Although I might be off with what your requirements are because I noticed there isn't any actual inheritance going on in your example.

over 1 year ago ·
9900

Hi Demian,
First of all, I didn't know about ├Čnspect.mro. Thanks for that one. Second, yep, my idea was that these class can represent anything (e.g. rules, package dependencies) so they don't necessarily inherit like Python objects, but the have a dependencies. Kind of like decencies solving in packages. So, it was done for the exercise, and I wanted to share my experience and see if I get some feedback.

over 1 year ago ·
9909

No worries, always happy to share the knowledge of the Python stdlib :)

I'm still at a bit of a loss as to how this can't be solved by common Python functions. i.e. if your requirements are to add package dependencies, that should be solved by pip/setuptools (requirements.txt or setup.py or a combination of). Python has introspection capabilities second to none. If you need to look up the inheritance tree of a class, you can easily do so (although I understand that this isn't your particular use case).

Here are the major flaws I see with your solution (of course, just IMHO, so take it with a grain of salt :)):

  1. It doesn't conform to standards. Someone looking at this (especially one who has spent quite a bit of time with Python) is likely to to say "wat?". The stdlib and supporting cast should /always/ be exhausted prior to rolling your own solution. Not only will you benefit from a solution that's thoroughly tested (and reviewed by core devs), but you'll also benefit from learning about areas of the stdlib that you were previously unaware.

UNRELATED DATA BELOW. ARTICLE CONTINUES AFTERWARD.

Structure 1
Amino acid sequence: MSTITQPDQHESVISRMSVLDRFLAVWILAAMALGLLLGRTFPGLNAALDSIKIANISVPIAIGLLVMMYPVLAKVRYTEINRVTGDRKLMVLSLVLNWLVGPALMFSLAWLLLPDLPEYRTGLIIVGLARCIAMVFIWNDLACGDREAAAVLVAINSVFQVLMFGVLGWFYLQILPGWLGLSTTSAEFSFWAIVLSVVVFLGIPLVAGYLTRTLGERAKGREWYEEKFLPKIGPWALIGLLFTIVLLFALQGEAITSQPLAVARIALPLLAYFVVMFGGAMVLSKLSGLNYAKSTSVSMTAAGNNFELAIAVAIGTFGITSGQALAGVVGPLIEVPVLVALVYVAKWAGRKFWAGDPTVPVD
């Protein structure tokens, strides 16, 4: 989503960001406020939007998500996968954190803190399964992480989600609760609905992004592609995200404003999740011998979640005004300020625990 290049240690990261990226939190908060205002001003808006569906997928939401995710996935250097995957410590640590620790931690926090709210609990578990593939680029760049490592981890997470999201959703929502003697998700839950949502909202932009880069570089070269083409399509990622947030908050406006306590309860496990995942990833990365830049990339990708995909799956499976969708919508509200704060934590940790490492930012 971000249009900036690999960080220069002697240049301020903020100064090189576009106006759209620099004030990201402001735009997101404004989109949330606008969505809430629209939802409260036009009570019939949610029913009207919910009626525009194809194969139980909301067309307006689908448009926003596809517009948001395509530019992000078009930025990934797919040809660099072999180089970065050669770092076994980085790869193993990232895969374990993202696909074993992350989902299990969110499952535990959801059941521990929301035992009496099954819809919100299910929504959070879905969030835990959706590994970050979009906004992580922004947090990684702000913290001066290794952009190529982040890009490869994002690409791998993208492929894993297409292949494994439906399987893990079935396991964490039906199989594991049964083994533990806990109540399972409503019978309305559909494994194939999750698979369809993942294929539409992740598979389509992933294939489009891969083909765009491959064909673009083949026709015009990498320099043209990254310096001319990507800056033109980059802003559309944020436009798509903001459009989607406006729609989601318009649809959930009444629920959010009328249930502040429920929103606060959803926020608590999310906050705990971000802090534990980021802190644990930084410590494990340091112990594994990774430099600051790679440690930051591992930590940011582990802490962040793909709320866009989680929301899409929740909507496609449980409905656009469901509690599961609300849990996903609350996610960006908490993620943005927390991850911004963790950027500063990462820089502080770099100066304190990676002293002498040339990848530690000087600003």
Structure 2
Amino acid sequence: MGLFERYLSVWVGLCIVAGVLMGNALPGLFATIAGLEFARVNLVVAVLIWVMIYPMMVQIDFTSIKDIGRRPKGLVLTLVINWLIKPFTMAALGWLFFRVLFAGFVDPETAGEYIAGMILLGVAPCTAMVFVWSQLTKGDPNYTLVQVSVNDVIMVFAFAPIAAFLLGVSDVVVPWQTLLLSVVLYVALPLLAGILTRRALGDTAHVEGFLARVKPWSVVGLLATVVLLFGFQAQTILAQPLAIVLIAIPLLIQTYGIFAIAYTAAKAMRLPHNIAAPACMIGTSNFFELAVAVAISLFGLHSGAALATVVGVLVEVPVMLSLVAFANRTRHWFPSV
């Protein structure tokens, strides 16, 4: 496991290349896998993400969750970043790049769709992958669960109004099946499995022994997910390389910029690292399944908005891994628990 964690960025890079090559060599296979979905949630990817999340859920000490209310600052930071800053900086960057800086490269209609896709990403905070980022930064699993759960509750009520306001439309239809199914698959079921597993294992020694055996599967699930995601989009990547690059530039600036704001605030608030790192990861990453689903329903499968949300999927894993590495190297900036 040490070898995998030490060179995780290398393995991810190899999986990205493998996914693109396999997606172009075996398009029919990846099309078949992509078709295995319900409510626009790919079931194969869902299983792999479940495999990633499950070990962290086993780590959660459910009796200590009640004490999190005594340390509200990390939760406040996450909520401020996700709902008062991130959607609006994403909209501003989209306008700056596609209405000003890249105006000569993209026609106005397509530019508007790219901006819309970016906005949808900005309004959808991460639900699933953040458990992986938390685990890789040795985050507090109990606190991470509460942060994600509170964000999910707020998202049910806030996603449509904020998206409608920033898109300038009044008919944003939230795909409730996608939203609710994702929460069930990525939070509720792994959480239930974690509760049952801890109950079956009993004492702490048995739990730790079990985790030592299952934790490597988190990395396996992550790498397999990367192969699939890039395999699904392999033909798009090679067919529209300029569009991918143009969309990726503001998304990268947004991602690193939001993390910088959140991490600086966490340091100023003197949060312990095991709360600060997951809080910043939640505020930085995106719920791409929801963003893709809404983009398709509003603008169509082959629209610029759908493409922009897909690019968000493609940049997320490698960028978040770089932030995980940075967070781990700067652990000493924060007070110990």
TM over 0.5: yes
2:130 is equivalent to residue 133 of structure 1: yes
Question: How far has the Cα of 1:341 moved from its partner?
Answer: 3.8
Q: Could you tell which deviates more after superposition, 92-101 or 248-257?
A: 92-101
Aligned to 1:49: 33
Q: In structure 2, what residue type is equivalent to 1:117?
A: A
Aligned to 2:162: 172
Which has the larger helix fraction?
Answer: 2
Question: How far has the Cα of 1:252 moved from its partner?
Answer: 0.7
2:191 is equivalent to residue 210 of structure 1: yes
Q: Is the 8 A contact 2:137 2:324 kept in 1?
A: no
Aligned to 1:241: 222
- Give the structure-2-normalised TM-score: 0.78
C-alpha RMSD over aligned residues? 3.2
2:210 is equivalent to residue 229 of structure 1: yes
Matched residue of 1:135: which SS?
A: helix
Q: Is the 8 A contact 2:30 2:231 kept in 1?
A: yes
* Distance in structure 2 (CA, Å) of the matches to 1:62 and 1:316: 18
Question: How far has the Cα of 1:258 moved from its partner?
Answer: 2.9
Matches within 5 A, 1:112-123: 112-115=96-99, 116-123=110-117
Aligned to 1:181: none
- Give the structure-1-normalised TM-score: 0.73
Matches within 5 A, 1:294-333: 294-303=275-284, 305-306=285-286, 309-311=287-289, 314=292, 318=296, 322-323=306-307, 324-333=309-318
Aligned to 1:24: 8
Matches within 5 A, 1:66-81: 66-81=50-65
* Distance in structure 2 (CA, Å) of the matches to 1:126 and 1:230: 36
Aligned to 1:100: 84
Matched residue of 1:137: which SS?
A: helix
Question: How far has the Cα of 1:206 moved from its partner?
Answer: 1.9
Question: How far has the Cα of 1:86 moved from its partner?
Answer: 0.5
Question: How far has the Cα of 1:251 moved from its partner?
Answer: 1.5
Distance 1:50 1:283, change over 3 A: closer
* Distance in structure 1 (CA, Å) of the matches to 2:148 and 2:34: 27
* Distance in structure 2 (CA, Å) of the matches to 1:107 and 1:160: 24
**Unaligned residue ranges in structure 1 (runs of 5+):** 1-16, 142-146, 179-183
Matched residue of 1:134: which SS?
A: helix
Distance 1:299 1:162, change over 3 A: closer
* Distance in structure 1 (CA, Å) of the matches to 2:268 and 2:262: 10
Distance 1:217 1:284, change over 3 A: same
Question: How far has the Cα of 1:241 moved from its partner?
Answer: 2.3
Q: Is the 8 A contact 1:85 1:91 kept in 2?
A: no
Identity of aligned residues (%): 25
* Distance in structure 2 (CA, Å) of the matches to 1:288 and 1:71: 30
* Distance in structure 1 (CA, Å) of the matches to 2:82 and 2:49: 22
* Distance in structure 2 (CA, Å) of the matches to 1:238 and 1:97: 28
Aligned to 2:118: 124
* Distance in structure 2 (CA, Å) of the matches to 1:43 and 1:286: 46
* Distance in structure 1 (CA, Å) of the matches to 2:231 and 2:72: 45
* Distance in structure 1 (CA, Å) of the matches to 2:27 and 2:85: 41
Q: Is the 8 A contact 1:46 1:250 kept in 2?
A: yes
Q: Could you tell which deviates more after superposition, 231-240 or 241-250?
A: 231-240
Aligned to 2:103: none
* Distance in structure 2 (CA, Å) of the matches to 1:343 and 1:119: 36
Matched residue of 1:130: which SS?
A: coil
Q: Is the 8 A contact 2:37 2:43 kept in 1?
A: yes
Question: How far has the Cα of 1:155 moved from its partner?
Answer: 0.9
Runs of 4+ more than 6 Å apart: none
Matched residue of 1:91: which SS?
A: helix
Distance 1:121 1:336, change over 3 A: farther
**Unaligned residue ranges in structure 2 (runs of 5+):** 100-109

2. Huge margin for human error. At any point, a programmer can forget to add a dependency. As your code base grows, I'd imagine that the problems would be more and more difficult to track down.
  3. The attribute name is confusing. "Dependencies" in OO-land (not saying that Python is strictly OO, I'm simply referring to your examples) means "base classes that this class depends on". Introducing a "depends" attribute to a class that has a different function would likely be confusing to those reading your code. (I also realize that this can be trivially changed, just calling it out as it's in your example)
over 1 year ago ·
9917

With all three arguments you are right.
I would always opt for stdlib. However, with packages I didn't necessarily mean Python packages.
The idea was to write a code that should work on similar cases. Not always on classes.
Imagine you wrote your own package manager (for Distro X) then you will need something.
Yep, you are right dependencies are forgotten. This is the case with RPMs or DEBs. Package x gets dependency y and the maintainer forgets to add it.
This code was not meant to conform to standard.
It was slightly altered from a project I worked for which something similar to package management. In order not complicate stuff and make it clear for fellow programmers, I chose to talk about classes. It was a wrong choice.
Never the less, I find the discussion, interesting and I learned already a lot just from the discussion with you. Therefore thank you for the discussion and extended comments.

over 1 year ago ·